Helping peacebuilders find healing for their own trauma

In South Sudan, peacebuilders are getting the support they need, strengthening their ability to assist community members and contribute to well-being for all.


Alice* is a peacebuilder in the Dinka community of South Sudan. She helps community members heal from the trauma of war, violence, and loss. She also helps resolve conflicts among family members, clans, and tribes.  

But like many peacebuilders, Alice struggles with trauma of her own. Her husband was killed in the South Sudan civil war, which killed hundreds of thousands of people and displaced millions more. Now Alice is raising their children on her own, and she faces stigma for being a widow at such a young age. Her personal trauma has made it harder for her to help people. She has felt angry and suspicious of others. And that has limited her ability to carry out her work.  

In 2020, AFSC piloted a trauma healing program in South Sudan to help peacebuilders like Alice get the support they need. During that first year, eight local organizations trained 36 peacebuilders on trauma healing. Those trained also learned how to train others. That ripple effect has since reached nearly 600 peacebuilders throughout the country. AFSC also helped the organizations create workplace policies to support trauma healing long-term.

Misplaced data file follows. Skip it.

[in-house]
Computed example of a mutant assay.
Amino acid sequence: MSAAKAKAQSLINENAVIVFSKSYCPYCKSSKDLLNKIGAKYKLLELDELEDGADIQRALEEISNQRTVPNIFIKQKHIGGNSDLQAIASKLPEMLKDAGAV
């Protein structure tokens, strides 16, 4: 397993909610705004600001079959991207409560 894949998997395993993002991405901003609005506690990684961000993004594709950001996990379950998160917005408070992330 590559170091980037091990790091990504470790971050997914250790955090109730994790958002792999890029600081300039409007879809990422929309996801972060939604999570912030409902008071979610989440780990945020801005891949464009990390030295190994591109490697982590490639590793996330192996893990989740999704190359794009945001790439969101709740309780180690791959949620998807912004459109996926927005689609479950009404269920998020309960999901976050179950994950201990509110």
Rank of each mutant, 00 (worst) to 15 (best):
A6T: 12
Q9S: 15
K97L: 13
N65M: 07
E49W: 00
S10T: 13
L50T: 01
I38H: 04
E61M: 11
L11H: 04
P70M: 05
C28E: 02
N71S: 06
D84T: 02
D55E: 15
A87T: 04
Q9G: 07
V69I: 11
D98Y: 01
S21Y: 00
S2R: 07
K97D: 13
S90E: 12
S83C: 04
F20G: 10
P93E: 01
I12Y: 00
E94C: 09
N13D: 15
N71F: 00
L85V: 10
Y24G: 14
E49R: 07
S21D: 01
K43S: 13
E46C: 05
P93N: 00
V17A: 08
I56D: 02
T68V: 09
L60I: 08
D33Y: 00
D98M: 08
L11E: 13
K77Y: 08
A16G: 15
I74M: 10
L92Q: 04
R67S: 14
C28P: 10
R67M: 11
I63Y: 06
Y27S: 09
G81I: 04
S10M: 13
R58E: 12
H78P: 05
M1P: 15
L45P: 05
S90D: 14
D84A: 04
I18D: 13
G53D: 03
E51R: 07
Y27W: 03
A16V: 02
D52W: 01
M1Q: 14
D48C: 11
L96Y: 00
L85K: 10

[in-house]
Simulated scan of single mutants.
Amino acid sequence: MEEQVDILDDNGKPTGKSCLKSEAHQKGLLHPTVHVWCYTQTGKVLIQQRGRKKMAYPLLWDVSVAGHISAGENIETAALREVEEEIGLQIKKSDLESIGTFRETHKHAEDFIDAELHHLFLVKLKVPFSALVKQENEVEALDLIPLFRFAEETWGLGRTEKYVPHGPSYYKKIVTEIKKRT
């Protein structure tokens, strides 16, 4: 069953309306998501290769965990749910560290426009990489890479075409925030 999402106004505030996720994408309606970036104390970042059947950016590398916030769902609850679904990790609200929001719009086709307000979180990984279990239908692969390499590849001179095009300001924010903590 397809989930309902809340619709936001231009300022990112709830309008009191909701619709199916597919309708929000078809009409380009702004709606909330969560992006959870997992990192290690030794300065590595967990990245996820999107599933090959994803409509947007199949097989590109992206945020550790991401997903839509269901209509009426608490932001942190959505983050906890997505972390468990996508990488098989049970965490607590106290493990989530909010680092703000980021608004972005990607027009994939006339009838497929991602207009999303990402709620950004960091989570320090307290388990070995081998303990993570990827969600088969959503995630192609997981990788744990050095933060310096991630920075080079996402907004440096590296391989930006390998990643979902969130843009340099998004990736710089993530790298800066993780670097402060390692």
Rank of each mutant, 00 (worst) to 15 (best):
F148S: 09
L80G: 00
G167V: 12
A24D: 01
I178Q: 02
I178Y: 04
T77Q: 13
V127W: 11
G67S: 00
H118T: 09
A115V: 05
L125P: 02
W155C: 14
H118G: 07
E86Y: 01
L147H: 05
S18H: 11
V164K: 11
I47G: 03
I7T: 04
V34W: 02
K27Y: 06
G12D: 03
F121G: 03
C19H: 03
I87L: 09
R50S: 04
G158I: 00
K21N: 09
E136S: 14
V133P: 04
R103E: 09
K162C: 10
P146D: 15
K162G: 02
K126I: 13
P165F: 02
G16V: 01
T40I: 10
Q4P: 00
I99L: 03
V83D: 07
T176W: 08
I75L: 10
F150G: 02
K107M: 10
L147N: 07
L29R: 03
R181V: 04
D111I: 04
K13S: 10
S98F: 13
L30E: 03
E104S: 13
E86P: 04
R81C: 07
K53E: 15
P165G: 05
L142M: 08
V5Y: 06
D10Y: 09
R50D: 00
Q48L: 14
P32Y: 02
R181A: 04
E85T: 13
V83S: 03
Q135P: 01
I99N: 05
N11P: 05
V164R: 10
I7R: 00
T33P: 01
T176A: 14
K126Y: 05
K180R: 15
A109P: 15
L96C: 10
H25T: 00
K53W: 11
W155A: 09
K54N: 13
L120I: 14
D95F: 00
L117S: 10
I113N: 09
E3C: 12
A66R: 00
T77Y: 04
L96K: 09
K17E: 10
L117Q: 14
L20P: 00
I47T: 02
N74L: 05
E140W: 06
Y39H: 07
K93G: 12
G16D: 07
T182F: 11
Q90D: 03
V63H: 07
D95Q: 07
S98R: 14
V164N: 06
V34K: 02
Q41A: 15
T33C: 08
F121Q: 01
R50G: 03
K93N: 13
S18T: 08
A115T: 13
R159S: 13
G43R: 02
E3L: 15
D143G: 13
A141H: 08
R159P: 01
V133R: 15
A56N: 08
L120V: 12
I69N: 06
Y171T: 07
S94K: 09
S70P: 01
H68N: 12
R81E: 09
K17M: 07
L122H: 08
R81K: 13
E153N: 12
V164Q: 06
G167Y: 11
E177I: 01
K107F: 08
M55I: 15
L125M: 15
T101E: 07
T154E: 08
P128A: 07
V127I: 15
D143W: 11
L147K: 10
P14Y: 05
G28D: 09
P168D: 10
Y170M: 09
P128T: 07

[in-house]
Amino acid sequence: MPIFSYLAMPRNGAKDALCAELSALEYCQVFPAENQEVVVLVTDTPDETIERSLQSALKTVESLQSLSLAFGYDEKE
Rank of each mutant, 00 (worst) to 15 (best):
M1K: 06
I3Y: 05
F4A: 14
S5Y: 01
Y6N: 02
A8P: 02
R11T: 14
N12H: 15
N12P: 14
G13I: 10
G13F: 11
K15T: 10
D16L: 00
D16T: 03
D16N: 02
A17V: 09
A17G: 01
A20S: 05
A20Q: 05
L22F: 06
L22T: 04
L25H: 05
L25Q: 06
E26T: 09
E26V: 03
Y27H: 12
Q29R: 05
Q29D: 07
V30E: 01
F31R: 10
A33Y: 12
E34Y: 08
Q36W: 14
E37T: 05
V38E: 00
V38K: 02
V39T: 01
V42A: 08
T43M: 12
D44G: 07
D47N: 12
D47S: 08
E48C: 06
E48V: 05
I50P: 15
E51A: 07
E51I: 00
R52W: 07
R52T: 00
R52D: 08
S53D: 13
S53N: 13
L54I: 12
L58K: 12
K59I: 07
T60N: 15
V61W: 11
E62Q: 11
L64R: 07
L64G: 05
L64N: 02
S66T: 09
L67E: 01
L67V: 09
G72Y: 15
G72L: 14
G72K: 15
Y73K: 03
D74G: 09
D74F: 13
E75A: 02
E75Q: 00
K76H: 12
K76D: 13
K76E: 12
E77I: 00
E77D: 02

A peacebuilder receives a trauma healing certificate at a recent event celebrating the official launch of the project. Photo: AFSC/South Sudan

Due to the success of the program, AFSC and partners announced the official launch of the full project earlier this year. The project will continue until 2024 in partnership with two local organizations ACROSS and SEM. 

As the country representative for AFSC in South Sudan and Somalia, I am grateful for caring supporters like you who help make this critical work possible.  

Most people in South Sudan have unresolved trauma, with some reports estimating that nearly 100% of the population has experienced severe traumatic events.  

The humanitarian crisis in South Sudan adds to the complexity of the problem. Most South Sudanese people cannot get the resources they need to heal. And many local people hired by organizations providing humanitarian assistance are likely dealing with untreated trauma of their own. 

Our trauma healing program is helping to change that. When Alice attended her first workshop, she was unfamiliar with concepts like primary and secondary trauma. The training helped her share her story and face her pain and grief. She started counseling. And although she has only begun her journey, she says she already feels so much relief. Now she can listen to others’ experiences without applying the lens of her own wounds. That makes it easier for her to help people.  

Other workshop participants have shared similar experiences. One person told us that before trauma healing, their peacebuilding work felt like “flying with one wheel.” Now they feel like they are going to fly far, flying on two wheels. 

Many of us understand how hard it can be to help others when we are struggling with pain ourselves. Today more peacebuilders are receiving the support they need—and the benefits extend to many others, contributing to peace and well-being for all. 

Thank you for supporting our efforts.